Hidden Information, Bargaining Power, And Efficiency: An Experiment
|By:||Antonio Cabrales (Departamento de Economía – Universidad Carlos III de Madrid)
Gary Charness (Department of Economics, University of California – University of California, Santa Barbara)
Marie-Claire Villeval (GATE Lyon Saint-Etienne – Groupe d’analyse et de théorie économique – CNRS : UMR5824 – Université Lumière – Lyon II – École Normale Supérieure de Lyon)
We devise an experiment to explore the effect of different degrees of bargaining power on the design and the selection of contracts in a hidden-information context. In our benchmark case, each principal is matched with one agent of unknown type. In our second treatment, a principal can select one of three agents, while in a third treatment an agent may choose between the contract menus offered by two principals. We first show theoretically how different ratios of principals and agents affect outcomes and efficiency. Informational asymmetries generate inefficiency. In an environment where principals compete against each other to hire agents, these inefficiencies may disappear, but they are insensitive to the number of principals. In contrast, when agents compete to be hired, efficiency improves dramatically, and it increases in the relative number of agents because competition reduces the agents’ informational monopoly power. However, this environment also generates a high inequality level and is characterized by multiple equilibria. In general, there is a fairly high degree of correspondence between the theoretical predictions and the contract menus actually chosen in each treatment. There is, however, a tendency to choose more ‘generous’ (and more efficient) contract menus over time. We find that competition leads to a substantially higher probability of trade, and that, overall, competition between agents generates the most efficient outcomes.
|Keywords:||experiment; hidden information; bargaining power; competition; efficiency|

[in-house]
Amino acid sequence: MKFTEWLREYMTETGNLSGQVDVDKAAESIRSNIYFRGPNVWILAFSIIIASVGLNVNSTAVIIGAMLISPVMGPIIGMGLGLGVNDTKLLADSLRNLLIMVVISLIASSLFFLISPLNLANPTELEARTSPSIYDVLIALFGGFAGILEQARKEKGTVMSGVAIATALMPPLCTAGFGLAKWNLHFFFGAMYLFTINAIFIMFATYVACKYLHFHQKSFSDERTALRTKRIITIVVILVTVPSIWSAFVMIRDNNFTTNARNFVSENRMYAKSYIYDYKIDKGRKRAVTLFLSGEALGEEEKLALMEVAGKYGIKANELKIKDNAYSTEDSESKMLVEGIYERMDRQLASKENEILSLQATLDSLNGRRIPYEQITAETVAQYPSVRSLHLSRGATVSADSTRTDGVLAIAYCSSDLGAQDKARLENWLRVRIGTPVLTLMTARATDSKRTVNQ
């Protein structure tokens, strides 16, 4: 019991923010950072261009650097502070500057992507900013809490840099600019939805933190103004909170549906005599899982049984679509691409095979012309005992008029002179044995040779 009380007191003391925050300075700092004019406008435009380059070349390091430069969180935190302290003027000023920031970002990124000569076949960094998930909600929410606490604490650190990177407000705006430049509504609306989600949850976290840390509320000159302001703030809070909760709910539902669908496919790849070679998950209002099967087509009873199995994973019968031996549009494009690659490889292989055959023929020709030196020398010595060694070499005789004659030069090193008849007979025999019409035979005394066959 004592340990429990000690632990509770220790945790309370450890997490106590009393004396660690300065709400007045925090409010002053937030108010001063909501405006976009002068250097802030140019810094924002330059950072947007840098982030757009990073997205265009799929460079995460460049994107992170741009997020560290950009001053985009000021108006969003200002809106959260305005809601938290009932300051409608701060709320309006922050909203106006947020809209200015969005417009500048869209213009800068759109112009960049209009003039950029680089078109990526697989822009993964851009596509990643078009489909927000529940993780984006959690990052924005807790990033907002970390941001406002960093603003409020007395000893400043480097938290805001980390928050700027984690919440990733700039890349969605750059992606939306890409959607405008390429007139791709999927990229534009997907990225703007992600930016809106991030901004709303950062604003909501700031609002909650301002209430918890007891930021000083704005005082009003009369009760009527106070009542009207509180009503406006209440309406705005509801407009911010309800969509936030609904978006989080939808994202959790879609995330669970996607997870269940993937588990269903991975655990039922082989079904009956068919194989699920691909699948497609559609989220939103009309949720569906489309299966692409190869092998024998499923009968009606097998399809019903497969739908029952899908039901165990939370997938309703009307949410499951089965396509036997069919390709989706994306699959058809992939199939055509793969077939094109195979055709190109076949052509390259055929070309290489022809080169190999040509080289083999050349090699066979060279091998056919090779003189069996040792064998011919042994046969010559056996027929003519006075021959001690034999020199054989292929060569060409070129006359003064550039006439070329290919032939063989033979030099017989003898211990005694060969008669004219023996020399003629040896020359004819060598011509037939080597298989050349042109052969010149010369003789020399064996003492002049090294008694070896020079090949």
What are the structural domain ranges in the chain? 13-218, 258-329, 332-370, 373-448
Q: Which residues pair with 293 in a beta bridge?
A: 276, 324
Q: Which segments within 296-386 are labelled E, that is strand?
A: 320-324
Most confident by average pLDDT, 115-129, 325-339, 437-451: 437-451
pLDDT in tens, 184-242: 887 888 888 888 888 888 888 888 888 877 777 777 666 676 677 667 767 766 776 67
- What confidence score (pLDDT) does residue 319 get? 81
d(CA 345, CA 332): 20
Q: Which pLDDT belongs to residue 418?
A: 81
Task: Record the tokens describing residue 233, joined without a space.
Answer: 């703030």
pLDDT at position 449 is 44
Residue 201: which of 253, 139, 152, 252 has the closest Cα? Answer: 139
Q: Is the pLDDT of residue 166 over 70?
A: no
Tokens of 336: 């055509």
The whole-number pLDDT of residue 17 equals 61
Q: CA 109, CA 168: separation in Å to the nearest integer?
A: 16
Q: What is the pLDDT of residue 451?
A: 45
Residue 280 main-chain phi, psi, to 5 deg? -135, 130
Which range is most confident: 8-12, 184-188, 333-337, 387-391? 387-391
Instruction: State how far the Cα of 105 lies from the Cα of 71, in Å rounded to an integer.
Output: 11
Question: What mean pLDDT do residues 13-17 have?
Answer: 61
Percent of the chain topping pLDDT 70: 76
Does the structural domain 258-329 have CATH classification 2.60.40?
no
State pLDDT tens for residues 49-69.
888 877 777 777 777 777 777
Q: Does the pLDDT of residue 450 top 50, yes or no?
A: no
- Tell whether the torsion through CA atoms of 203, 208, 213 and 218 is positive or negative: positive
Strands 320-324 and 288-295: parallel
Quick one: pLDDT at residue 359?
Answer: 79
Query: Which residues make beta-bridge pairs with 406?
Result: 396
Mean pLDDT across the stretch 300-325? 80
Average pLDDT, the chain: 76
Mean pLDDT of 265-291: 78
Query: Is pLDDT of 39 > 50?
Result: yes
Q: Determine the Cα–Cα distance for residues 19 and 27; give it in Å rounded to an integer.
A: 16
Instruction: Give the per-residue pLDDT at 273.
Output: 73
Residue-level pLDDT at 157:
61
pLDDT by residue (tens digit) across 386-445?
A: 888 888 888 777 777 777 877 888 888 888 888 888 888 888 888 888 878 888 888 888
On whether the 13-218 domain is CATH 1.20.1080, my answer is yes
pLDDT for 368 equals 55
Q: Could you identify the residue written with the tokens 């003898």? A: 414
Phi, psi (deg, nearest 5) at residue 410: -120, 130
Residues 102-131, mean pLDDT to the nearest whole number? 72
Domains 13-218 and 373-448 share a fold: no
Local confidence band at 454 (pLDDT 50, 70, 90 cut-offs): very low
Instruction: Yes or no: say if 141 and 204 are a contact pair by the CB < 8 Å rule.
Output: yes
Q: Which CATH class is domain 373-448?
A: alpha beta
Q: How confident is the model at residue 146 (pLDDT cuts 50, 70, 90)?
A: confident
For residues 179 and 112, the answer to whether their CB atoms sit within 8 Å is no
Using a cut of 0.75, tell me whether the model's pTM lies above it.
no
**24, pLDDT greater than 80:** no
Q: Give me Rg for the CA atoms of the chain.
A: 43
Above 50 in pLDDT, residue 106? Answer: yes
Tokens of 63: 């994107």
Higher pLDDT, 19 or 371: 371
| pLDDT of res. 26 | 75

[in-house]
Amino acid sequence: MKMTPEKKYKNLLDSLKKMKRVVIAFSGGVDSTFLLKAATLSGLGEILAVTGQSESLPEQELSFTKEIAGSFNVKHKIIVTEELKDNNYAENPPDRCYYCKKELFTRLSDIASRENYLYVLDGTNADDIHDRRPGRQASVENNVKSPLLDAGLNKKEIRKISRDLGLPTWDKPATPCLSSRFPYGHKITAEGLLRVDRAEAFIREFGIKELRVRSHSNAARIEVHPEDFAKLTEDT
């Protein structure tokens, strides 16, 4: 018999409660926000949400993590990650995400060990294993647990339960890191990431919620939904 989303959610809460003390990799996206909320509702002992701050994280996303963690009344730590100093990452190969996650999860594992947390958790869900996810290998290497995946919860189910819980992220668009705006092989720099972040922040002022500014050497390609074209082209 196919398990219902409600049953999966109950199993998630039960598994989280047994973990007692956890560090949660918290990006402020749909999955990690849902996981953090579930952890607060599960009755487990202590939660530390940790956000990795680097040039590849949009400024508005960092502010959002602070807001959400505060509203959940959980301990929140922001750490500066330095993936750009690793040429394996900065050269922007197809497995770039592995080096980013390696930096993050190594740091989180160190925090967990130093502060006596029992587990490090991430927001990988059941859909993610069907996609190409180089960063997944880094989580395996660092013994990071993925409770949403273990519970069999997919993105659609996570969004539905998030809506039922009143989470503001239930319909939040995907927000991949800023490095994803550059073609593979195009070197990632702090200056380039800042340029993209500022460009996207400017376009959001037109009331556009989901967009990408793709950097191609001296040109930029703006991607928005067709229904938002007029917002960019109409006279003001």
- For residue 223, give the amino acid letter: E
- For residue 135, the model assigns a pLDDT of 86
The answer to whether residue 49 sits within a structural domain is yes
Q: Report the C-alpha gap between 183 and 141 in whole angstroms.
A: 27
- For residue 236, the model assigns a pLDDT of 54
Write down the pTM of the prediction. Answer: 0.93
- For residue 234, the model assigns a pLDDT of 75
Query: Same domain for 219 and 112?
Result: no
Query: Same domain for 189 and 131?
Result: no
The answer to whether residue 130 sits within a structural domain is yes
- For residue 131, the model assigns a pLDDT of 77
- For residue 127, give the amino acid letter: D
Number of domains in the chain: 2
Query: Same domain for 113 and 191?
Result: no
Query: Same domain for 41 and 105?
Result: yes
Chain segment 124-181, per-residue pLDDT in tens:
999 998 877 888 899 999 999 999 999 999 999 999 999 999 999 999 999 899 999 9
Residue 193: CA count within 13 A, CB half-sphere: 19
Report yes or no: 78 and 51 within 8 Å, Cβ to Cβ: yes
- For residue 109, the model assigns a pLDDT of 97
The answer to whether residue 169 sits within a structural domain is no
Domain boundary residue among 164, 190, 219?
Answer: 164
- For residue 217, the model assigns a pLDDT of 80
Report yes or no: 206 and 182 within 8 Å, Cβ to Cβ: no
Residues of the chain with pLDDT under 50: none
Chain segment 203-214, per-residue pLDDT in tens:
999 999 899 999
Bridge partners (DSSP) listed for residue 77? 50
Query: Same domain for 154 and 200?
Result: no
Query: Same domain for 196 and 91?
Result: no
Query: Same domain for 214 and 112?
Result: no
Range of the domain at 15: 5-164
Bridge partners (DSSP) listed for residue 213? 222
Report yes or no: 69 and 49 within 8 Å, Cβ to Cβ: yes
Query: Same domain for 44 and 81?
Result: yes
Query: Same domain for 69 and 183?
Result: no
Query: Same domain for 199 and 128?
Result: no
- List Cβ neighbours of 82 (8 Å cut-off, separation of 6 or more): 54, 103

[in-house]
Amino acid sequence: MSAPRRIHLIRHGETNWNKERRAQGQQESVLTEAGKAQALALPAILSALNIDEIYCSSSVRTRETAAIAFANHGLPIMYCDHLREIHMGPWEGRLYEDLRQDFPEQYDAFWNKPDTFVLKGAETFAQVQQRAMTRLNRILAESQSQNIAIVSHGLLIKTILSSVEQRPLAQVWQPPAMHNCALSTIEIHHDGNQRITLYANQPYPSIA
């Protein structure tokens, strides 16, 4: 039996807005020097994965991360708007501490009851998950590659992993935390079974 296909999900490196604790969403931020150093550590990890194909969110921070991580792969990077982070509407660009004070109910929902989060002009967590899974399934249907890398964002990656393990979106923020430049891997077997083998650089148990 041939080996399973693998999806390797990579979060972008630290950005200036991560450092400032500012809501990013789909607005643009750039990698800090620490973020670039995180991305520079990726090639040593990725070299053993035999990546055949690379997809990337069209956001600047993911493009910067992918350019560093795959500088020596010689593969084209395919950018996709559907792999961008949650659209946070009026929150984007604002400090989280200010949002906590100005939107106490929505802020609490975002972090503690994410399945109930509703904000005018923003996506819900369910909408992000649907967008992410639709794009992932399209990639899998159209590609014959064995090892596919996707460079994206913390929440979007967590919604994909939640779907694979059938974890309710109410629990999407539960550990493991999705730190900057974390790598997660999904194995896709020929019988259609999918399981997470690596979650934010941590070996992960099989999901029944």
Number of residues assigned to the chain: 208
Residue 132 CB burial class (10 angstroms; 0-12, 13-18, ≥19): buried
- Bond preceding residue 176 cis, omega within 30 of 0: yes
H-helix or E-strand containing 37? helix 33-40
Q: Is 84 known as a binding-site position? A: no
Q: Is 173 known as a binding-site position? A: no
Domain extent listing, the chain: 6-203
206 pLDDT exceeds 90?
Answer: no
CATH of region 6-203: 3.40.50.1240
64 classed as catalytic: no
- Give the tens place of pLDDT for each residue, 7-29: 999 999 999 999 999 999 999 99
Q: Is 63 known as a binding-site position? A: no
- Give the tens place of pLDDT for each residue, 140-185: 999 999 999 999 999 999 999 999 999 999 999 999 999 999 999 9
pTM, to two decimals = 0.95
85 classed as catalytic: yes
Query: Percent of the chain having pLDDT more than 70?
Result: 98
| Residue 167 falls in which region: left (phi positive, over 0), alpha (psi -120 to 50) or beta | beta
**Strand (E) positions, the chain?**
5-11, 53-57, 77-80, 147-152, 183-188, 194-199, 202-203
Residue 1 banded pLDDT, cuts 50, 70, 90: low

Thomas E. Copeland and Daniel Friedman “Partial Revelation of Information in Experimental Asset Markets." Journal of Finance, Vol. 46, No. 1 (Mar., 1991), pp. 265-295.
We develop a model of market efficiency assuming private information is partially revealed to uninformed traders via the behavior of those who are informed. This partial revelation of information (PRE) model is tested in fourteen computerized double auction laboratory markets. It explains the market value and allocation of purchased information, and asset allocations, better than either a fully revealing information model (FRE strong-form efficiency) or a nonrevealing expectations model; but it takes second place to FRE in explaining asset prices. We conjecture that refined versions of PRE may provide insight into “technical analysis" and minibubbles in securities markets.
Charles R. Plott and Shyam Sunder “Efficiency of Experimental Security Markets with Insider Information: An Application of Rational-Expectations Models." The Journal of Political Economy, Vol. 90, No. 4 (Aug., 1982), pp. 663-698.
Stable URL: http://www.jstor.org/stable/1831348
The study reports on the ability of competing models of market information integration and dissemination to explain the behavior of simple laboratory markets for a one-period security. Returns to the security depended upon a randomly drawn state of nature. Some agents (insiders), whose identity was unknown to other agents, knew the state before the markets opened. With replication of market conditions the predictions of a fully revealing rational-expectations model are relatively accurate. Prices adjusted immediately to near rational-expectations prices; profits of insiders were virtually indistinguishable from noninsiders; and efficiency levels converged to near 100 percent.